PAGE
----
Comparative Anatomy of Larynx and Lungs

Card Set Information

Author:
DesLee26
ID:
311369
Filename:
Comparative Anatomy of Larynx and Lungs
Updated:
2015-11-23 20:05:00
Tags:
Vertebrates
Folders:
Test Three: Seitchik
Description:
Test
Show Answers:

Home > Flashcards > Print Preview

The flashcards below were created by user DesLee26 on FreezingBlue Flashcards. What would you like to do?


  1. larynx-- what is it?
    organ in the neck region involved in brething, sound production, and protection of the trachea against foreign matter aspiration
  2. Larynx location
    jut below where the tract of the pharynx splits into the trachea and esophagus
  3. Larynx acts as?
    acts as a sphincter or valve to prevent the entry of foreign matter into the respiratory system; reptiles lack a secondary palate to prevent this
  4. Larynx is made up of...?
    six pieces of cartilage and intrinsic and extrinsic muscles

    Muscles: intrinsic are responsible for controlling sound production, and extrinsic are involved in support and position the larynx in the trachea

    Cartilage: three unpaired--thyroid, cricoid, epiglottis; three paired-- arytenoid, corniculate, cuneiform
  5. Lungs
    elastic sacs that expand on inhalation and are a site for gaseous exchange situated in the thoracic cavity

    • --> elastic sacs that expand on inhalation and are a site for gaseous exchange situated in the thoracic cavity
    • --> they develop from the ventral respiratory tract with the larynx located at the top
  6. Fish
    - larynx
    Climbing perch (anabas scandens): acquired a respiratory diverticulum or muscular sphincter off of the pharynx

    Indian siluroid fish (Saccobranchus): acquired long diverticulum leading into an internal air reservoir--this contains no valves to prevent water entry

    muscular sphincter closes in water and opens in times of drought to enable a swallowing of air

    most primitive larynx (in polypterus)  functioned as a simple sphincter to prevent the intrusion of foreign matter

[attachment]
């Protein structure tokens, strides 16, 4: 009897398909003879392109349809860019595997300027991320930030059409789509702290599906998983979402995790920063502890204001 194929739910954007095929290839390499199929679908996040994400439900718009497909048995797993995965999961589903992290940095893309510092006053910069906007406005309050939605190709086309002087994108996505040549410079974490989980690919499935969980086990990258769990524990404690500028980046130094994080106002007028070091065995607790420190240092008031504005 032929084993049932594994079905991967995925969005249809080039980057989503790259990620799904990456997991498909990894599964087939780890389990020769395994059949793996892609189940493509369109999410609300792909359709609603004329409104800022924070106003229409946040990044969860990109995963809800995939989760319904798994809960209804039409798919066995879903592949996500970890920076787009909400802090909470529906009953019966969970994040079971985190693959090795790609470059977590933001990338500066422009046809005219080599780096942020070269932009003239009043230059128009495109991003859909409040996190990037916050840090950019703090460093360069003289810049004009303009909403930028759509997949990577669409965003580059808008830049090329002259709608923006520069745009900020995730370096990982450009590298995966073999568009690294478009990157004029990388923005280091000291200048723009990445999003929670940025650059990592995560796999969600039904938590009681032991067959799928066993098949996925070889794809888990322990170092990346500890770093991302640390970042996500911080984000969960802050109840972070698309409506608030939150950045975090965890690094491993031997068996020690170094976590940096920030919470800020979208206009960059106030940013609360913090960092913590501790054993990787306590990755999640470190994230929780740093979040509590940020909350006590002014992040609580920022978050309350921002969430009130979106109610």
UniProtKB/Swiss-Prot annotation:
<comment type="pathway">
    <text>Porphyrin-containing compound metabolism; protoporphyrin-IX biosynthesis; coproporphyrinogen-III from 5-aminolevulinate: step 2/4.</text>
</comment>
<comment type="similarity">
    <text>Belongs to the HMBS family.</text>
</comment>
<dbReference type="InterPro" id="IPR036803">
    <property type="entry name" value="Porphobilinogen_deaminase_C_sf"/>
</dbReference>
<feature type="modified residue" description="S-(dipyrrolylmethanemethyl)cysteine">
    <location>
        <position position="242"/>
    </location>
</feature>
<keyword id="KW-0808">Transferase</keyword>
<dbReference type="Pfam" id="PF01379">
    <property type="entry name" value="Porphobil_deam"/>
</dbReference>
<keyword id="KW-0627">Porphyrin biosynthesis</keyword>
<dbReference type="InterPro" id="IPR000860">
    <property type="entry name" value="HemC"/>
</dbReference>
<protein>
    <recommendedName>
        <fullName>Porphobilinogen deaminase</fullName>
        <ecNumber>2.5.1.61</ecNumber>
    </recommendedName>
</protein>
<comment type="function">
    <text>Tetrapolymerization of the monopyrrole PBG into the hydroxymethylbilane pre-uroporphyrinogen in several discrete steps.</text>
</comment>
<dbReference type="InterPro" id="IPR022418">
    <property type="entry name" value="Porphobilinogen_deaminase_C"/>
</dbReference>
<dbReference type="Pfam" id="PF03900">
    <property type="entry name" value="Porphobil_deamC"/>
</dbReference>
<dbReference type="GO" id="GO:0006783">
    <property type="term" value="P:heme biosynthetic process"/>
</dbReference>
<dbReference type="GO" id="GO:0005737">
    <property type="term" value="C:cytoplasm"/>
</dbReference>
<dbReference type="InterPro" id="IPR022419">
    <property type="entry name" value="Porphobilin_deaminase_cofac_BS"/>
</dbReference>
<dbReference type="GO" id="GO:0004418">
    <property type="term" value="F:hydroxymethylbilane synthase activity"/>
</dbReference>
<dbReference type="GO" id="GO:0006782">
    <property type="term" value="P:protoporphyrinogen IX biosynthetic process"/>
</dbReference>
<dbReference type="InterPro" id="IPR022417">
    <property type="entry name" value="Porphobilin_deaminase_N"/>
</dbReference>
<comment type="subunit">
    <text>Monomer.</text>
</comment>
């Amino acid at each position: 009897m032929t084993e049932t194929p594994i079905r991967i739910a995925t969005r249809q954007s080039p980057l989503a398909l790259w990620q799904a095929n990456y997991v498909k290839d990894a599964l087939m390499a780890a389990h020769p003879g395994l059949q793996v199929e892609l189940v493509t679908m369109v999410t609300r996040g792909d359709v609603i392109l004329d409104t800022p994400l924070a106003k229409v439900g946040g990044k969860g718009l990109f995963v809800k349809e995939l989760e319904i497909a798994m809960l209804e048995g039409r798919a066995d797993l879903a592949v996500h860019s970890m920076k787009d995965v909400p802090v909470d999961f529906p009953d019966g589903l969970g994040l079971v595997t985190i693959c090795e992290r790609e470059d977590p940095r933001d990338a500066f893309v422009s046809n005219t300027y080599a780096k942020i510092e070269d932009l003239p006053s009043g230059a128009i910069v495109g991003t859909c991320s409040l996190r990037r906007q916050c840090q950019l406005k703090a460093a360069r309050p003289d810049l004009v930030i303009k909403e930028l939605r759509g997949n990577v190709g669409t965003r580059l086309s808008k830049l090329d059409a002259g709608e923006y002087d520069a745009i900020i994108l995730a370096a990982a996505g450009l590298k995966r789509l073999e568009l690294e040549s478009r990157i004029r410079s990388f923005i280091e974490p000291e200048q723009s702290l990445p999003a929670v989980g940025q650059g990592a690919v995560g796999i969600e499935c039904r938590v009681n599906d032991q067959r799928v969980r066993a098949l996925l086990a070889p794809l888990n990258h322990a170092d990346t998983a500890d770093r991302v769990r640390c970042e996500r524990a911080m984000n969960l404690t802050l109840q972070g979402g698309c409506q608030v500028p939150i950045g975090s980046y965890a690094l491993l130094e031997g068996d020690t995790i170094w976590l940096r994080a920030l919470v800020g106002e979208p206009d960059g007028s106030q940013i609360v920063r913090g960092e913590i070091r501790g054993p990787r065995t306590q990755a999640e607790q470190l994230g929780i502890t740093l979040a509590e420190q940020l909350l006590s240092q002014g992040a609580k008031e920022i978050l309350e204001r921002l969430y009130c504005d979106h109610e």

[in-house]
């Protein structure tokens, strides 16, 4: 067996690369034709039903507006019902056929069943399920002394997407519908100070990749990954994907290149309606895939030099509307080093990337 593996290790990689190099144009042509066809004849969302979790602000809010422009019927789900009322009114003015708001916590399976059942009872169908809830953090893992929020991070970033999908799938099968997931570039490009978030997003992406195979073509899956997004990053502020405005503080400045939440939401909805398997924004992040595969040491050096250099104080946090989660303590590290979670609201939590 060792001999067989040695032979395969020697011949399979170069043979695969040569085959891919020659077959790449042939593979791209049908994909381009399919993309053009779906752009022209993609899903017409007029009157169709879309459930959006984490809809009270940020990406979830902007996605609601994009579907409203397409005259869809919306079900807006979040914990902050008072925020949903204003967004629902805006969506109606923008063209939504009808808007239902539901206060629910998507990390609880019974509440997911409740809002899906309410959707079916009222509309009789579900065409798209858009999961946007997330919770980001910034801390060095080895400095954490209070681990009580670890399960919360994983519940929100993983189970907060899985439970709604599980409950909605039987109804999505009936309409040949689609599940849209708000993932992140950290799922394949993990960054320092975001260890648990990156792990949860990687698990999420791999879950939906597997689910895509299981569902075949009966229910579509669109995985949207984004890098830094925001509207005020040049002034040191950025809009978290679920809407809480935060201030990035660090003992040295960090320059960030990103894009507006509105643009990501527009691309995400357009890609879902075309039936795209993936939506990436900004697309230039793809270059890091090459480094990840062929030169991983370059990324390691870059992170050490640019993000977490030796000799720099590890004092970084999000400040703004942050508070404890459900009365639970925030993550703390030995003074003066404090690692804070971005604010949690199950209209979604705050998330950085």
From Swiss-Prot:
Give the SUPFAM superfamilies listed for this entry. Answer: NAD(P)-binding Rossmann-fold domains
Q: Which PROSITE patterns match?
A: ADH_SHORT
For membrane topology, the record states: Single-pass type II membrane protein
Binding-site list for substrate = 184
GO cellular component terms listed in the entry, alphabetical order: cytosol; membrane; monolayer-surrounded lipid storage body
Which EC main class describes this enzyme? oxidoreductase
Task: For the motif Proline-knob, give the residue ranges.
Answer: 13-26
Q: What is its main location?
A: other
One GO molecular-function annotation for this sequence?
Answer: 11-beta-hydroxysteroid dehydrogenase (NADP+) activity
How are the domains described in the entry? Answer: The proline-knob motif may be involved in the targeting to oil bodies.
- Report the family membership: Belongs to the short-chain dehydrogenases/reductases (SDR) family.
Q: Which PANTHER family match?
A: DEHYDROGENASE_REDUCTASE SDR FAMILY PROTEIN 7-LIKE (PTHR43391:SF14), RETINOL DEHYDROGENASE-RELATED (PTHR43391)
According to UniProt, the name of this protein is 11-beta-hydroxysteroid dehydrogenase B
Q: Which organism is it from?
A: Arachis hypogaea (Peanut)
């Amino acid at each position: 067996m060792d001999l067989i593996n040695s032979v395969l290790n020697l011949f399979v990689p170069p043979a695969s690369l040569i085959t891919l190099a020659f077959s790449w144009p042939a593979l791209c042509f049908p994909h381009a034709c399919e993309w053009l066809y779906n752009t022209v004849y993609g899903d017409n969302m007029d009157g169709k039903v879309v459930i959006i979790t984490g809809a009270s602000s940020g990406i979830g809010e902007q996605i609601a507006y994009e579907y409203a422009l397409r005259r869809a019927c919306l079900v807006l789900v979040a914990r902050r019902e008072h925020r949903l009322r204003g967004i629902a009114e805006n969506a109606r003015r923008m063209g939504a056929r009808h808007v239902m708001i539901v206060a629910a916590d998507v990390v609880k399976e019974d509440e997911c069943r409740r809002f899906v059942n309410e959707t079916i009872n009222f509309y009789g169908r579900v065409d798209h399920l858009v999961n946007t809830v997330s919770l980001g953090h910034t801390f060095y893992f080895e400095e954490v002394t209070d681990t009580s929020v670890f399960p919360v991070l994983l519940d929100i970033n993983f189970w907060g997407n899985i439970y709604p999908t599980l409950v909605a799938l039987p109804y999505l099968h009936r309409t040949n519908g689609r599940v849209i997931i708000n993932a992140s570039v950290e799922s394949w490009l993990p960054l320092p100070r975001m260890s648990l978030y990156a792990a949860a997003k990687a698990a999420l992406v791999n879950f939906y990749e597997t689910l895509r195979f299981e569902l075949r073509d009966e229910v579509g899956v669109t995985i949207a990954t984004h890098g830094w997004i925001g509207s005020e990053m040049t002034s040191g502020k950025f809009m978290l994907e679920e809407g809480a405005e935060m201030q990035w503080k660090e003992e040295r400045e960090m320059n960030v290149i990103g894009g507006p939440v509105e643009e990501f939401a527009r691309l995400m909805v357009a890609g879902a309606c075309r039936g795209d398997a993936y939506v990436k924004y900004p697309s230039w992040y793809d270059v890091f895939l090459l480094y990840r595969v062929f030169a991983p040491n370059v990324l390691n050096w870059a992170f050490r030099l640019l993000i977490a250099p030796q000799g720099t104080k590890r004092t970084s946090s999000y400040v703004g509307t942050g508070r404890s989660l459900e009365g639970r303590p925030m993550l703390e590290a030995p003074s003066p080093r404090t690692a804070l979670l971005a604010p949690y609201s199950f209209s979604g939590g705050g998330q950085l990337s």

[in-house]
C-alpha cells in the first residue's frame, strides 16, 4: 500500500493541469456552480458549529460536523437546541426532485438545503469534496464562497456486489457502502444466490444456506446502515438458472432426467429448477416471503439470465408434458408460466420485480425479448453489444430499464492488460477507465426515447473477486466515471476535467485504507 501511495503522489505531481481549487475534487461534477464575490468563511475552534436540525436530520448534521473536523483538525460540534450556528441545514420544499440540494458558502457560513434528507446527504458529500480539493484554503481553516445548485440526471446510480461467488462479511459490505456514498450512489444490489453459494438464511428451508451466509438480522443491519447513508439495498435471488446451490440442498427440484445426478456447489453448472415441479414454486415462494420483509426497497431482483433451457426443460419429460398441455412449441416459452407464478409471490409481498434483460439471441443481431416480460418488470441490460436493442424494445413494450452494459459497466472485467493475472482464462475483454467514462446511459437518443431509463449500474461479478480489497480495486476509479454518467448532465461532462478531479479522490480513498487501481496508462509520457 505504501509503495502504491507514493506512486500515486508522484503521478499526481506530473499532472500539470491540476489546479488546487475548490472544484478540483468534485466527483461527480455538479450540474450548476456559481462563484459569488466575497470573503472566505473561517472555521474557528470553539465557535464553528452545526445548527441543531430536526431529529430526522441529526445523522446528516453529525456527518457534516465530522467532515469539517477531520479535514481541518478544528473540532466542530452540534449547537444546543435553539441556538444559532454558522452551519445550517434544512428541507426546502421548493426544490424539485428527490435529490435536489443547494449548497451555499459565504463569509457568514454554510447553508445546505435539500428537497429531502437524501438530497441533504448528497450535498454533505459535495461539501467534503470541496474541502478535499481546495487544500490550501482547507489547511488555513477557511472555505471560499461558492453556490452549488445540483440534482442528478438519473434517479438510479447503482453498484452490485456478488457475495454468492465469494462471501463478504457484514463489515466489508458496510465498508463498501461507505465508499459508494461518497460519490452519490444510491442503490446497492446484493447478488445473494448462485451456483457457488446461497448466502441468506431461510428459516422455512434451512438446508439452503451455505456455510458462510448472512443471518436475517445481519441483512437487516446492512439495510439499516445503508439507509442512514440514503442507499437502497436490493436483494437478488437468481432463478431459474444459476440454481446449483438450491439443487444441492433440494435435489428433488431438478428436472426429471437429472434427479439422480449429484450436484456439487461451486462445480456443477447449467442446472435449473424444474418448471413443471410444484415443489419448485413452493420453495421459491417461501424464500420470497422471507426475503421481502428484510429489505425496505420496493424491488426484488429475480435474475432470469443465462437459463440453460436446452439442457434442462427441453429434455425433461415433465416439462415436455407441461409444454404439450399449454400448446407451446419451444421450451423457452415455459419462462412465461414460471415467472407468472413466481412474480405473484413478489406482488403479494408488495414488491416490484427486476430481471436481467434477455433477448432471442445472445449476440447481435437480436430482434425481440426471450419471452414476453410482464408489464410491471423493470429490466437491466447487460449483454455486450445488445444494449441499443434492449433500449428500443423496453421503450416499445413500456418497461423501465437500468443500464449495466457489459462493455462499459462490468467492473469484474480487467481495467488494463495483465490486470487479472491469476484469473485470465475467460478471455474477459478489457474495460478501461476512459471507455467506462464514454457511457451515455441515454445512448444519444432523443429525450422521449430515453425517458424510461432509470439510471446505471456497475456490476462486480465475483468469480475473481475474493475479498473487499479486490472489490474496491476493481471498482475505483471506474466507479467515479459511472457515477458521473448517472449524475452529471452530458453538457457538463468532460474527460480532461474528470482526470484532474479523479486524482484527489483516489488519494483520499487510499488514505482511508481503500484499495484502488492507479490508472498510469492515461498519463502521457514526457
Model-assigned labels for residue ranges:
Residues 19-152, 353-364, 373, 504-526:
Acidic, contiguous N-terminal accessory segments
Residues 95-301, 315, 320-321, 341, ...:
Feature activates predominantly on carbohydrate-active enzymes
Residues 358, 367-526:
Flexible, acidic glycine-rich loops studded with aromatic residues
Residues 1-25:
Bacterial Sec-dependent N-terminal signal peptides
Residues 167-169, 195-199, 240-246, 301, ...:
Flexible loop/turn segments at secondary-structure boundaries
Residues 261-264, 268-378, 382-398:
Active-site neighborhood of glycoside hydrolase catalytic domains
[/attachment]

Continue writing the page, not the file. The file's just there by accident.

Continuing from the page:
7. Fish larynx part two
    the most primitive larynx was found in polypterus and consisted of a muscular sphincter to guard against water entry

    African (Protopterus) and Australian (neocaratdus)  lungfish: both possess discrete muscle fibers to draw apart vulvar margins to produce active dilations
  8. Fish 
    - lungs
    have gills for gas exchange in water

    lungfish contain lungs derived from the swim bladder; inner surface contains many honeycomb-like cavities supplied with blood vessels where gas exchange occurs
  9. Amphibians
    - larynx
    acquired lateral cartilages that form bars on either side of the glottis to which dilator muscles insert
  10. Amphibian
    - lungs
    very primitive with few internal septa and possess large alveoli; incomplete septa divide the lung

    the trachea stops at lung junction and does not divide into the secondary tubes

    Lungs divided by secondary septa that surrounds the very large space where gas exchange happens

    there is a very slow diffusion rate in the lungs, which is why most are able to diffuse gases through the skin
  11. Reptiles
    - larynx
    possess a cartilaginous ring that gives origins to the dilator muscles and can be found between the glottis and the trachea
  12. Reptiles
    - lungs
    aquatic turtles have developed a permeable skin and a modified cloaca to increase the area for gas exchange
  13. Retiles
    - snake lungs:
    lungs are simple, sac-like structures with alveoli in the walls

    less respirratory efficiency
  14. Retiles
    - crocodiles lungs:
    many lizards/turtles have more partitions within= more surface area for gas exchange
  15. Birds
    - larynx
    Cartilaginous ring that gives origin to the dilator muscles and is found between the glottis and trachea

    syrinx
  16. syrinx
    syrinx: membranous structure at the lower end of the trachea; where the bird's song is produced (kind of like a voice box)
  17. Birds
    - lungs
    lungs connected to voluminous air sacs

    Tertiary bronchi penetrate lung mass and contain air capillaries in the walls; capillaries have large surface area and come in contact with blood capillaries connected to the heart

    no alveoli: they use mesobranhi
  18. Mammals
    - larynx
    cartilaginous ring that gives origin to the dilator muscles and is found between glottis and trachea

    phonation
  19. Mammals
    - lungs
    contain many alveoli on the ends of the bronchioles

    most developed

What would you like to do?

Home > Flashcards > Print Preview